“The allegations are a product of fantasy, the product of some mental problems that the complainant may or may not have, or just pure invention in order to punish the representative of the Catholic Church in this country,” Richter said.
Richter further said that the accusations were “not to be believed,” and were “improbable, if not impossible.”
Until the imposition of the gag order in June, Pell had been the subject of sustained media attention in Australia, prompting the order. The extent of hostile attention directed at Pell by several Australian outlets, even prior to the accusations being made, led to a public debate in some sections of the Australian media about whether it would be possible to find an impartial jury for the cardinal.
Although the gag order was issued, one source called the integrity of the proceeding into question. In remarks to CNA, he called the trial a “farce” and a “witch hunt.” He said that Australian prosecutors were determined to secure a conviction, despite the earlier mistrial.
“They kept going until they got the jury who’d give them what they want,” the source told CNA.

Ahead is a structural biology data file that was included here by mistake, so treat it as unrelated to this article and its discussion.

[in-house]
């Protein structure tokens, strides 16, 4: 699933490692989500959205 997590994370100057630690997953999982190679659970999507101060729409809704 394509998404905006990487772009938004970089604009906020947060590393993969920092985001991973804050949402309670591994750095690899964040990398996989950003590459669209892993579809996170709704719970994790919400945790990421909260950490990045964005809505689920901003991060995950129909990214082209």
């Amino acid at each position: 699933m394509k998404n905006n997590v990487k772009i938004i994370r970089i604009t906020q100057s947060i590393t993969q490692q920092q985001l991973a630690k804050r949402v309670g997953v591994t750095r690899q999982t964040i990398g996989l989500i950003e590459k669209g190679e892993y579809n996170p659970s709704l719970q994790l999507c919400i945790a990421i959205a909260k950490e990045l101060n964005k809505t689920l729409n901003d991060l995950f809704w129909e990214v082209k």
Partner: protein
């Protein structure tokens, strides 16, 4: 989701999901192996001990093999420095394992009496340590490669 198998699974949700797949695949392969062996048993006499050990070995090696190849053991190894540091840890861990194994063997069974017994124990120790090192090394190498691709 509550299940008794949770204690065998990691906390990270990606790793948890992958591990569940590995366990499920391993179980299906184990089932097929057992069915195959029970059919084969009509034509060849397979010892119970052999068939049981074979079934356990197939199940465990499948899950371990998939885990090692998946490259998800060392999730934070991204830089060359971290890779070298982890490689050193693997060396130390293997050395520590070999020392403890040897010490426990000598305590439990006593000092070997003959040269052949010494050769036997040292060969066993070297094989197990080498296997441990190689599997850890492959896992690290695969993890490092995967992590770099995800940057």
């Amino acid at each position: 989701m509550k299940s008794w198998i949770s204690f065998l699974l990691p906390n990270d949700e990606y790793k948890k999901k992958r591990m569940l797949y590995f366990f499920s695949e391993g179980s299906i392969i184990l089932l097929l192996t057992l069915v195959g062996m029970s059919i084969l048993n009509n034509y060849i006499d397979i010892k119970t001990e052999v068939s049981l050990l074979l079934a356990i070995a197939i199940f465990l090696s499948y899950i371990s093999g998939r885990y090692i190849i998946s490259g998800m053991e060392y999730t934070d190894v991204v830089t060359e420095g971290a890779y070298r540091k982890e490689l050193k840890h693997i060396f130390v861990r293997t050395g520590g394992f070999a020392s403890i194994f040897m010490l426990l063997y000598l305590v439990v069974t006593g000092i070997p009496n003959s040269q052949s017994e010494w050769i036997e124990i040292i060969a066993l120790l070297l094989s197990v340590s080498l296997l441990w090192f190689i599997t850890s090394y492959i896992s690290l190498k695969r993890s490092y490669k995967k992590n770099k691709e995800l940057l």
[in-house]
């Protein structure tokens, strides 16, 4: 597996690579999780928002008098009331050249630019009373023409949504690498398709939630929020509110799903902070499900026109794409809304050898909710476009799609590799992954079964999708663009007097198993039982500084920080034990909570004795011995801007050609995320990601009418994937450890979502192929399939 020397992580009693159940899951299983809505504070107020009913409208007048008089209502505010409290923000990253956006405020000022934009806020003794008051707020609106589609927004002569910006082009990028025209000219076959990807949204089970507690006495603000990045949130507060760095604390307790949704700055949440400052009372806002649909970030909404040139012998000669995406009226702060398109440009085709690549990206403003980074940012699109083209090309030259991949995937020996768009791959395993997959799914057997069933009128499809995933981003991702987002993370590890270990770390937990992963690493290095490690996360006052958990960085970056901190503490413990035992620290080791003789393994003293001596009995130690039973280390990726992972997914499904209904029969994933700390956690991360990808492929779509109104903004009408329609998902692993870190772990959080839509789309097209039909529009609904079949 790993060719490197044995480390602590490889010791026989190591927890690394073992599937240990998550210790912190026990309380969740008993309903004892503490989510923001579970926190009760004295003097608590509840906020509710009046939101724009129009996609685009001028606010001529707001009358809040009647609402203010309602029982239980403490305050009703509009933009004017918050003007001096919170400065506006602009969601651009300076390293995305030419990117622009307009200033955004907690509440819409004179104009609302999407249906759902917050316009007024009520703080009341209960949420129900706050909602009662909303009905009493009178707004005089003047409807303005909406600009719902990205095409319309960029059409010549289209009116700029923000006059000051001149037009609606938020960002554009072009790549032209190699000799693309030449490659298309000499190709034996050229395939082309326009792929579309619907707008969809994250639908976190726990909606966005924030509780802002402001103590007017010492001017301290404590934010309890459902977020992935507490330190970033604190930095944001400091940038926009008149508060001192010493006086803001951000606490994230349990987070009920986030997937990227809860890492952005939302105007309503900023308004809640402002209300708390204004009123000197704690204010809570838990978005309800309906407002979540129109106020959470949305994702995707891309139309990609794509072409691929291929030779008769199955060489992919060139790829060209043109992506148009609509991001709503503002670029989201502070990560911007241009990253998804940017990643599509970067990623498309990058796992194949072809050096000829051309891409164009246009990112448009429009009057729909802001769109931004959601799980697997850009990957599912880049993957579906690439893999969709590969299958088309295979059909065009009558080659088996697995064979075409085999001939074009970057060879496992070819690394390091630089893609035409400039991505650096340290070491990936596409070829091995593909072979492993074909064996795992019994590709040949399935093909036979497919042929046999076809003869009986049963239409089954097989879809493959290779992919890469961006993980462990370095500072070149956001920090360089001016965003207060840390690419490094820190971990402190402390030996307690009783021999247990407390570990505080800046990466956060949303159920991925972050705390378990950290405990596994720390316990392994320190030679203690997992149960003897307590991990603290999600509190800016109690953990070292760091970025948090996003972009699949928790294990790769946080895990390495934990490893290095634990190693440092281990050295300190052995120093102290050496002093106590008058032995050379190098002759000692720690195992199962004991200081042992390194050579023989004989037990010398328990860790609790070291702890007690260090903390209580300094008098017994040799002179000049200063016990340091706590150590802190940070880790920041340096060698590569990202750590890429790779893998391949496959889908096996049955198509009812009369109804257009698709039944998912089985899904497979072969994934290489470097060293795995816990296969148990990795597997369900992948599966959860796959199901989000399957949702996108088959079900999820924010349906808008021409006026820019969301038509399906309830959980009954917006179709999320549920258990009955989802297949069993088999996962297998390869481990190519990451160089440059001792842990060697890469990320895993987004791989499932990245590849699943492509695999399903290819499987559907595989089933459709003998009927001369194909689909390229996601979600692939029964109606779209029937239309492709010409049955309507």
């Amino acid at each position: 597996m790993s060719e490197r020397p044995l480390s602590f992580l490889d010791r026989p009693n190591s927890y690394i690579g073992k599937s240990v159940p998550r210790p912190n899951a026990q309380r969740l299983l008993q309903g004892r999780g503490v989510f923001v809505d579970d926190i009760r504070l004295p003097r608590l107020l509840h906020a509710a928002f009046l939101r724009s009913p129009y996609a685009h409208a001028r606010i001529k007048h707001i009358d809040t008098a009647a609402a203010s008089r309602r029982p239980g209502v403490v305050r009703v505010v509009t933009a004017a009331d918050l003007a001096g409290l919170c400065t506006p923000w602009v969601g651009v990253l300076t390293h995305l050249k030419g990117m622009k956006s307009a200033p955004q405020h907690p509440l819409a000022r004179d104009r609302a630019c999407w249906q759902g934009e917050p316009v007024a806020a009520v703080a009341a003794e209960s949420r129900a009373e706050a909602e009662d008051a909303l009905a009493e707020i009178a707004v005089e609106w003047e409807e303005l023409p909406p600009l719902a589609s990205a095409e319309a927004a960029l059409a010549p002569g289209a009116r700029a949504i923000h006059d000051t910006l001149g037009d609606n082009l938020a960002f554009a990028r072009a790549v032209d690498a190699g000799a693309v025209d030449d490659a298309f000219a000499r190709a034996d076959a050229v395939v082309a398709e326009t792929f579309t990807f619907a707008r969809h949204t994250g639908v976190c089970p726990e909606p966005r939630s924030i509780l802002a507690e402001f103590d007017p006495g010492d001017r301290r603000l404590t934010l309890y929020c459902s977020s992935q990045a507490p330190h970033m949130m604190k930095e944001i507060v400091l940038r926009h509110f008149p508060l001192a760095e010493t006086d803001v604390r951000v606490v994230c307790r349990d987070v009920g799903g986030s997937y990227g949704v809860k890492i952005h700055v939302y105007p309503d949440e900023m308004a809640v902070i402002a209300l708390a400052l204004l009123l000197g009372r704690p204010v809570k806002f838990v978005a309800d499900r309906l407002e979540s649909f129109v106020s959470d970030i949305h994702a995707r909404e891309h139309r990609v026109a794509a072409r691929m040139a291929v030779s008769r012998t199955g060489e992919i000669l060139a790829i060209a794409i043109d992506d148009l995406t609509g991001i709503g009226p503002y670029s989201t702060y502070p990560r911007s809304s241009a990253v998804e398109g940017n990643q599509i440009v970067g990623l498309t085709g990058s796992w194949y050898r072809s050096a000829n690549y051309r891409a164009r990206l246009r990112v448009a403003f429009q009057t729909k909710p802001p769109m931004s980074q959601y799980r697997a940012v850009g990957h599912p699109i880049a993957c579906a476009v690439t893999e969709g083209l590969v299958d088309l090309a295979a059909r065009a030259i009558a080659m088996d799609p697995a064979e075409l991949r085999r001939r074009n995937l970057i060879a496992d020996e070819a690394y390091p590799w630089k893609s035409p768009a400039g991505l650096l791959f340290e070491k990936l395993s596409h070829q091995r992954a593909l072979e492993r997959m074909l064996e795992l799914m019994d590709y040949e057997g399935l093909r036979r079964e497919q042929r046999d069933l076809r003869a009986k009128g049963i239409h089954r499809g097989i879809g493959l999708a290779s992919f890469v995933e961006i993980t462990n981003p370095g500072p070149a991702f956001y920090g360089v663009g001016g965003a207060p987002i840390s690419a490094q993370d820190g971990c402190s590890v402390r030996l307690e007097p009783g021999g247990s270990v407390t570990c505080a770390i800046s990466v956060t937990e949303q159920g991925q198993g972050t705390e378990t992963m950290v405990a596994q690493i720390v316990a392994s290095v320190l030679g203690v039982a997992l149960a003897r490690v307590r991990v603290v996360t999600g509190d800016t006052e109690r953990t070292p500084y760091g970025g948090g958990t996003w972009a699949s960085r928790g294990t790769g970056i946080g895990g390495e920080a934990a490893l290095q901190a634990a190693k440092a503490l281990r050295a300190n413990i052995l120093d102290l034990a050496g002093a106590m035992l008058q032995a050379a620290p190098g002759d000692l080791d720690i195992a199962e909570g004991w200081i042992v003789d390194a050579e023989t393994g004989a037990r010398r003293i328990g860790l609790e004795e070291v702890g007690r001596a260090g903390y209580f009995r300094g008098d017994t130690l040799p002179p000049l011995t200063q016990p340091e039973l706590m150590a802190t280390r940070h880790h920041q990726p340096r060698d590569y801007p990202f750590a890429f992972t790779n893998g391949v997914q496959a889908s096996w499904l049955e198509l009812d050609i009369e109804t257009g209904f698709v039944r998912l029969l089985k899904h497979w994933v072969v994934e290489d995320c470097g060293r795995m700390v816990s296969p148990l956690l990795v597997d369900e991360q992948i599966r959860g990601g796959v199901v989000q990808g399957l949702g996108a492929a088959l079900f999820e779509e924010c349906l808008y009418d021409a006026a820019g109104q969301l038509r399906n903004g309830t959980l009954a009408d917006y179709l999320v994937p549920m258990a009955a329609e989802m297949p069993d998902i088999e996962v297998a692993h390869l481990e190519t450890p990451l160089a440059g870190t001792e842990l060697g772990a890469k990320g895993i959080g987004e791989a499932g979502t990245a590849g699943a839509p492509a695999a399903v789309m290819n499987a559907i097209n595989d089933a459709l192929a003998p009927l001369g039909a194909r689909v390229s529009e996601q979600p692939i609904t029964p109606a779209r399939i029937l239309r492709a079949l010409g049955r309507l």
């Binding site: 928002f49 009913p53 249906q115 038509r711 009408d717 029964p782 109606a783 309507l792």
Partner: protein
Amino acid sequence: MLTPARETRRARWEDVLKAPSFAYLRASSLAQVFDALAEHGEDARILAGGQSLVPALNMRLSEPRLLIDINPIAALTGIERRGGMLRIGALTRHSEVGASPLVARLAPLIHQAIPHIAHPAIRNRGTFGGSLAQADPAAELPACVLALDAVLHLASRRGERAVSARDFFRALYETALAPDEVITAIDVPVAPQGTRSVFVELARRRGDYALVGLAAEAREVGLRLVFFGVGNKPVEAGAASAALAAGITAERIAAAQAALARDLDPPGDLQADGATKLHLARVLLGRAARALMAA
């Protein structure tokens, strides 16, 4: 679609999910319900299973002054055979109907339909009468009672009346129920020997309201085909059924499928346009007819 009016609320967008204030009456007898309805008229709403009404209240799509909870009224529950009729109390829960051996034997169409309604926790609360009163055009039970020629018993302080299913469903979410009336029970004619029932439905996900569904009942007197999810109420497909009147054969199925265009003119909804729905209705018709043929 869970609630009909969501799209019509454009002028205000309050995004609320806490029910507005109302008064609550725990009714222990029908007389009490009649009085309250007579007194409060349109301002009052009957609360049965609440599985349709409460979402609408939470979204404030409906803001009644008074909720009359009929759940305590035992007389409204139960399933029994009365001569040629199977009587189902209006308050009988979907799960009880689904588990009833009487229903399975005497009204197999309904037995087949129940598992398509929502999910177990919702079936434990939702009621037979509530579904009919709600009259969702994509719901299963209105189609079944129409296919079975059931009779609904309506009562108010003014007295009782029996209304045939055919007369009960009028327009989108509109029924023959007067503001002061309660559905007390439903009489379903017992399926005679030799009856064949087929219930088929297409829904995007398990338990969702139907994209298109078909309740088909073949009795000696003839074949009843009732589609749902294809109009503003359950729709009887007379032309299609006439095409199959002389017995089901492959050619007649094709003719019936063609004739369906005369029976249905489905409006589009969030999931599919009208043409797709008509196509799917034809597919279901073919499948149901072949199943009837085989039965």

Last week, another Australian court overturned the recent conviction of the former Archbishop of Melbourne, Philip Wilson, on charges he failed to report complaints of sexual abuse.
Newcastle District Court Judge Roy Ellis said Dec. 6 that the Crown had failed to prove beyond a reasonable doubt that Archbishop Wilson did not report abuse committed by Fr. James Fletcher, when Fletcher was charged in 2004 with child abuse which occurred between 1989 and 1991.
The judge also noted the possibility of undue media influence on the case.
“This is not a criticism of media, but intended or not, the mere presence of large amounts of media from all around Australia and the world carries with it a certain amount of pressure on the court,” Ellis stated.
The heavy media presence “may amount to perceived pressure for a court to reach a conclusion which seems to be consistent with the direction of public opinion, rather than being consistent with the rule of law that requires a court to hand down individual justice in its decision-making processes.”
“The potential for media pressure to impact judicial independence may be subtle or indeed subversive in the sense that it is the elephant in the room that no one sees or acknowledges or wants to see or acknowledge,” Ellis said.
He added that Wilson could not be convicted merely because the “Catholic Church has a lot to answer for in terms of its historical self-protective approach” to clerical sex abuse. “Philip Wilson when he appears before this court is simply an individual who has the same legal rights as every other person in our community.”
“It is not for me to punish the Catholic Church for its institutional moral deficits, or to punish Philip Wilson for the sins of the now deceased James Fletcher by finding Philip Wilson guilty, simply on the basis that he is a Catholic priest.”
If the decision is confirmed, Pell can appeal to the Supreme Court in Victoria, and from there to the Australian High Court.